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Do not tile anything you are planning to remove in two years' time. It is messy and can be dangerous to remove, as evidenced by the inch long scar on the middle finger of my right hand (yes, I was wearing gloves when I got it, and yes, that's a surgical scar; good times...).

Pull off all of the Formica, go with a painted wall (as no points out and illustrates beautifully, paint can be a great help) bs and replace your counter with inexpensive butcher block. Have fun with it, experiment with color. It's temporary and you can see how your ideas go together before you renovate for real.

I could not live without a dw. Since the cabs are crappy anyway, tear one out and install either dish drawers or a dw, one that you will want to keep in the new kitchen as well. If you post a layout, we can be of more help. To learn how, read the stickie at the top of the forum.

Good luck!

This post was edited by EAM44 on Sat, Jun 7, 14 at 11:01

    Bookmark   June 7, 2014 at 10:58AM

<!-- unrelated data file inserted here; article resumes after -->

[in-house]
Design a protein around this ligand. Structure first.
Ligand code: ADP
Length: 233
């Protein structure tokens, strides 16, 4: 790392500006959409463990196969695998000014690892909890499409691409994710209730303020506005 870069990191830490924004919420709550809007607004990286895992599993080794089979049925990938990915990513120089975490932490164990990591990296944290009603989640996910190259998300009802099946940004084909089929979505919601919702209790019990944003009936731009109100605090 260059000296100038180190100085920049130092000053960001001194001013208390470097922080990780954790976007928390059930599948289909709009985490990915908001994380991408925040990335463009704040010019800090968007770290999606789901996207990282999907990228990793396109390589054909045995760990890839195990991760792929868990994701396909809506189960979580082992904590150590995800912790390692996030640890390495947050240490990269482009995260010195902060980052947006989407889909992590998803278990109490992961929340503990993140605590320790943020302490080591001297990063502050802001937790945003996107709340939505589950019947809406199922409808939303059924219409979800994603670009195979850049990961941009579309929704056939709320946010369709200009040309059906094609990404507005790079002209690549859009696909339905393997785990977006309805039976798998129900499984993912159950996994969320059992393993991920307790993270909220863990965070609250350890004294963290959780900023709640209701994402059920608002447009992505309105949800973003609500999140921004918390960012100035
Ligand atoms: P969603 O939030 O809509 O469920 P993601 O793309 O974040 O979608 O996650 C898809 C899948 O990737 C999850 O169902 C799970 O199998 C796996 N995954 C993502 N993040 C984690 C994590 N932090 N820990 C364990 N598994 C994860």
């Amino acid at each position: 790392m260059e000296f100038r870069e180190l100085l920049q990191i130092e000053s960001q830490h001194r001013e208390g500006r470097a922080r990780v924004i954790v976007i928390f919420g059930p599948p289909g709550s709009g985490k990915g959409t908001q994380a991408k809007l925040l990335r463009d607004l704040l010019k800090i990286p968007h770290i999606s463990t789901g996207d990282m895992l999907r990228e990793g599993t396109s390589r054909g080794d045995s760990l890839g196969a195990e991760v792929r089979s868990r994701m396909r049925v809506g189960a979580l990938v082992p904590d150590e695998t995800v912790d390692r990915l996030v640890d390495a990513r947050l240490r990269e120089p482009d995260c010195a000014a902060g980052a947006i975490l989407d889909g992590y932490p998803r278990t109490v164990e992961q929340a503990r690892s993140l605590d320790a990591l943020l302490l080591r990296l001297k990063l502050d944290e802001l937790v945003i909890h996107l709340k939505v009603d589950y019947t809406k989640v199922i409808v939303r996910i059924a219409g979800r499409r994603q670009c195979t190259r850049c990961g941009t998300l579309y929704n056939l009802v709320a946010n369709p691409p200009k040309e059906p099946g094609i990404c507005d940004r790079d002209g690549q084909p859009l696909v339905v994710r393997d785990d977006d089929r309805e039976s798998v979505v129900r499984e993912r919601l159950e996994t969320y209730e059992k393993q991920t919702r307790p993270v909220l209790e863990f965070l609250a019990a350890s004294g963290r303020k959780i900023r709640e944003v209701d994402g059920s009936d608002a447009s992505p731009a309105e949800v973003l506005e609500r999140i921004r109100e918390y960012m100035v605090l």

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I LOVE ApartmentTherapy and they just had a small article about kitchens, I'm planning on painting mine a nice bright color.
A lot of ApartmentTherapy's articles are about how to make small places look great on a budget, good info for me and my teeny home :)

Here is a link that might be useful: kitchens

    Bookmark   June 7, 2014 at 11:54AM
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Forget peeling off the old laminate. You might be able to laminate over the existing counter. Just make sure you scuff sand the existing counter and clean it really well before putting the glue on.....and don't expect perfection when you are done but it should last a couple of years.

I second the Habitat or Re-stores in your area and painting anything that can be painted.

    Bookmark   June 7, 2014 at 12:14PM
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EAM - yes, but very nice manicure :-)

    Bookmark   June 7, 2014 at 5:30PM
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Well, thank you, thank you very much :)

    Bookmark   June 7, 2014 at 7:19PM